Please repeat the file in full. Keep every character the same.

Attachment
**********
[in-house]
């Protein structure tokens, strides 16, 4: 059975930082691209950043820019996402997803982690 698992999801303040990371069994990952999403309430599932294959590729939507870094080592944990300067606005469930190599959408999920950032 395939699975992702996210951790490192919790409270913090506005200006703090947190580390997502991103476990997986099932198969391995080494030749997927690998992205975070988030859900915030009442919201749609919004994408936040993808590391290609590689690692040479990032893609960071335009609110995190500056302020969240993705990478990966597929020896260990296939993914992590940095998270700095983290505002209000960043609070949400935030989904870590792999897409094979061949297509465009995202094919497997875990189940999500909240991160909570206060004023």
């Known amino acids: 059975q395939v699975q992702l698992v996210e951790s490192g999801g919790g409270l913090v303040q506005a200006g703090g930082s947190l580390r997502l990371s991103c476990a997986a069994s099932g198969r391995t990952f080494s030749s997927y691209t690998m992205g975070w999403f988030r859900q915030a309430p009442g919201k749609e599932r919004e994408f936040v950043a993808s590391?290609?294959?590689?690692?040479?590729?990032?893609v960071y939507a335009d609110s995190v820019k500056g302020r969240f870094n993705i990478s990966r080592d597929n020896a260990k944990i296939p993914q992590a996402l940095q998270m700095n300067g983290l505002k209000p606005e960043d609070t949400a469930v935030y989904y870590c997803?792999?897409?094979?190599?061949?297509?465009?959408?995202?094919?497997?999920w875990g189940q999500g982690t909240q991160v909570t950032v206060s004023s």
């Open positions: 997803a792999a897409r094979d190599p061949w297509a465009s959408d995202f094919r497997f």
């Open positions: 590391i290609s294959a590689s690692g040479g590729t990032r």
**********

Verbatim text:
[in-house]
């Protein structure tokens, strides 16, 4: 059975930082691209950043820019996402997803982690 698992999801303040990371069994990952999403309430599932294959590729939507870094080592944990300067606005469930190599959408999920950032 395939699975992702996210951790490192919790409270913090506005200006703090947190580390997502991103476990997986099932198969391995080494030749997927690998992205975070988030859900915030009442919201749609919004994408936040993808590391290609590689690692040479990032893609960071335009609110995190500056302020969240993705990478990966597929020896260990296939993914992590940095998270700095983290505002209000960043609070949400935030989904870590792999897409094979061949297509465009995202094919497997875990189940999500909240991160909570206060004023």
């Known amino acids: 059975q395939v699975q992702l698992v996210e951790s490192g999801g919790g409270l913090v303040q506005a200006g703090g930082s947190l580390r997502l990371s991103c476990a997986a069994s099932g198969r391995t990952f080494s030749s997927y691209t690998m992205g975070w999403f988030r859900q915030a309430p009442g919201k749609e599932r919004e994408f936040v950043a993808s590391?290609?294959?590689?690692?040479?590729?990032?893609v960071y939507a335009d609110s995190v820019k500056g302020r969240f870094n993705i990478s990966r080592d597929n020896a260990k944990i296939p993914q992590a996402l940095q998270m700095n300067g983290l505002k209000p606005e960043d609070t949400a469930v935030y989904y870590c997803?792999?897409?094979?190599?061949?297509?465009?959408?995202?094919?497997?999920w875990g189940q999500g982690t909240q991160v909570t950032v206060s004023s």
């Open positions: 997803a792999a897409r094979d190599p061949w297509a465009s959408d995202f094919r497997f």
């Open positions: 590391i290609s294959a590689s690692g040479g590729t990032r």